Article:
Trustees of the city's 1.9-billion dollar municipal pension fund decided to continue to operate on the level of the last fiscal year. After outside pressure, the proposed budget was voted down. It had included a 6-percent payroll
increase for the staff that received criticism from Mayor Bill White, Controller Annise Parker and several members of council. David Long is executive director of the pension.
"We spend a lot of staff time working on our investment performance and our investment performance over a ten year period —Î¾out of 40-pension funds that are in the Wilshire universe — was number one. We were the best performing fund over a ten year period. And so I think that shows that our staff is doing what they're supposed to be doing &mddash;Î¾ensuring that we are maximizing the amount of money that we're making over here."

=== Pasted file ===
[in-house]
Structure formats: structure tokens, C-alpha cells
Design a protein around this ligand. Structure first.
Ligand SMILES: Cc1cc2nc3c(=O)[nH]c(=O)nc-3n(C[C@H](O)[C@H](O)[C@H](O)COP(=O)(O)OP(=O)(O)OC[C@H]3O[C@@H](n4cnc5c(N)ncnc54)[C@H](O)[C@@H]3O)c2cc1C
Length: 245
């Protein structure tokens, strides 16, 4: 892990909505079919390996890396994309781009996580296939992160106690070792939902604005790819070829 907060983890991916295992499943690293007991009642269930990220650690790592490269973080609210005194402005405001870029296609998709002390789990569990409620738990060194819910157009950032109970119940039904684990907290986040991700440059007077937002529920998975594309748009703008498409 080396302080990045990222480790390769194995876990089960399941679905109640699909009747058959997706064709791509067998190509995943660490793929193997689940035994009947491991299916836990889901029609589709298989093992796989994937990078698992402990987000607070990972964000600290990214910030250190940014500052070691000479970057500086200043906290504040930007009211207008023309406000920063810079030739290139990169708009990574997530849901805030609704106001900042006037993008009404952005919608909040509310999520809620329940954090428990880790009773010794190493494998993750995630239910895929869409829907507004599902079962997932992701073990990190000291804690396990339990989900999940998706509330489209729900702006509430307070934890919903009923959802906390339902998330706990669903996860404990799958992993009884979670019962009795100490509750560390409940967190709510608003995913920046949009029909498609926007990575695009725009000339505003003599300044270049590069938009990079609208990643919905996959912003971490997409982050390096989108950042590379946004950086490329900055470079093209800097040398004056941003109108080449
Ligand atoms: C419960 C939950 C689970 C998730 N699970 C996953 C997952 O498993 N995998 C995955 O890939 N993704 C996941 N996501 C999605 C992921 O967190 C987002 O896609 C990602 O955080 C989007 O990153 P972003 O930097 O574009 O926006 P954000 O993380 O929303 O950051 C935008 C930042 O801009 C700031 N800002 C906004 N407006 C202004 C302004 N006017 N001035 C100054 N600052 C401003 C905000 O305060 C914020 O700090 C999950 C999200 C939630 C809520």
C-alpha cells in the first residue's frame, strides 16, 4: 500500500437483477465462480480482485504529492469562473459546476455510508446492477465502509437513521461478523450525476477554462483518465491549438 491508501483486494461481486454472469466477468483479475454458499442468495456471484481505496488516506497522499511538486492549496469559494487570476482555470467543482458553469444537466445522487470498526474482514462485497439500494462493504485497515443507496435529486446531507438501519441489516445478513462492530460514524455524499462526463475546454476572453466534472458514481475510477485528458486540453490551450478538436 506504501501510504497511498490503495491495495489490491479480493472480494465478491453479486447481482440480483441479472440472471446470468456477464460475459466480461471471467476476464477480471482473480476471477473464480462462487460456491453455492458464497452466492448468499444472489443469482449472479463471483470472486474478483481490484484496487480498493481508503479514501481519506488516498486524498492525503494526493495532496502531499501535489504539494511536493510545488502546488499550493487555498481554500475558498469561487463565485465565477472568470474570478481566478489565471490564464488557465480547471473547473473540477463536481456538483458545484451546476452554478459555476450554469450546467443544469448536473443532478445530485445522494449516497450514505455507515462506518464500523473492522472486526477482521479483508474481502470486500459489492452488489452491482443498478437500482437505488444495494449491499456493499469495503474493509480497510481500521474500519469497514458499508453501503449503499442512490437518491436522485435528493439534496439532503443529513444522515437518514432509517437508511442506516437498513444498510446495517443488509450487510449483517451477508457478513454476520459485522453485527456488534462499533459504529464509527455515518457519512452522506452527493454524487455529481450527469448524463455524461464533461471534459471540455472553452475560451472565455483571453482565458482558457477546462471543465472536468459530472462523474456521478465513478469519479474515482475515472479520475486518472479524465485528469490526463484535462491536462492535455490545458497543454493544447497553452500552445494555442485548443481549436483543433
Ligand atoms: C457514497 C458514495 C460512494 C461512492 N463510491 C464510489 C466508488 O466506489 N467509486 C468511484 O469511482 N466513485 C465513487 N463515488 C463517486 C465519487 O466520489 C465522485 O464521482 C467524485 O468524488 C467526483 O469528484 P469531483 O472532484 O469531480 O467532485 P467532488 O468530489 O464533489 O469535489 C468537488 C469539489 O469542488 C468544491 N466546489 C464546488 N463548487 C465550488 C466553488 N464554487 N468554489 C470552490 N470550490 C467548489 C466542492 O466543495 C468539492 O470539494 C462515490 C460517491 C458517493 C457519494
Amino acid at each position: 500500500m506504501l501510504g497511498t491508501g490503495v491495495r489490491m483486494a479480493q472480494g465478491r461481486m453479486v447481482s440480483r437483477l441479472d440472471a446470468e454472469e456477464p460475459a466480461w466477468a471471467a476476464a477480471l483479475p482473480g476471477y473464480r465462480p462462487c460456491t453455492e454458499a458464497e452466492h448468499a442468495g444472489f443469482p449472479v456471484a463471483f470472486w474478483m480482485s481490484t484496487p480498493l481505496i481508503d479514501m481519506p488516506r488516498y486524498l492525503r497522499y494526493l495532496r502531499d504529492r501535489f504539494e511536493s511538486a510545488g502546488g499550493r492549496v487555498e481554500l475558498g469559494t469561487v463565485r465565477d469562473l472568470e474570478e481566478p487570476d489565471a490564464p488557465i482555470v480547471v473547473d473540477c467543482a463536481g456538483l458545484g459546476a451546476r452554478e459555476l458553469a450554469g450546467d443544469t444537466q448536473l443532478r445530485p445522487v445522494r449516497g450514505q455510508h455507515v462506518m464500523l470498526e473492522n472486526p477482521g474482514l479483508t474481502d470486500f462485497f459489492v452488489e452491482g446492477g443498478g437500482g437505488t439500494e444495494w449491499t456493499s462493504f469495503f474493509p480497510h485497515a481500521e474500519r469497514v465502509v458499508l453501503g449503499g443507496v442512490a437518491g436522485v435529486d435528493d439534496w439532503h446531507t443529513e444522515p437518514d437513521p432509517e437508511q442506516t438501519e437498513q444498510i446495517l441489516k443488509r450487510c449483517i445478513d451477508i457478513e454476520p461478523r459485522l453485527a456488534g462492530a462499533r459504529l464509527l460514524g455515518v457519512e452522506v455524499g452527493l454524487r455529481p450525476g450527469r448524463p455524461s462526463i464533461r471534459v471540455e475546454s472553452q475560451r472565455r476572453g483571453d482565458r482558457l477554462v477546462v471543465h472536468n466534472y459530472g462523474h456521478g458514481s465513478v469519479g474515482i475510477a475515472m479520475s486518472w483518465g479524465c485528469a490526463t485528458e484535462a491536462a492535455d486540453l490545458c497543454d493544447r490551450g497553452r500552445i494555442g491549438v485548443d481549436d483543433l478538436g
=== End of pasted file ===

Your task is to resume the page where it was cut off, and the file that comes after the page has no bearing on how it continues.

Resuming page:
The pension fund suffered sharp investment losses last year. Long says it boils down to how the pension board operates with other pension boards that make the same kind of investments.
"I'm very pleased and I would hope that our participants are very pleased. You know, I'm sure there are a lot of people out there that would really be very happy if their 401K only went down 15.7-percent."
Long says they'll now be operating with about 400-thousand dollars less than what the proposed budget had called for. He adds, it will have an effectÎ¾ somewhere.
PH, KUHF-Houston Public Radio News.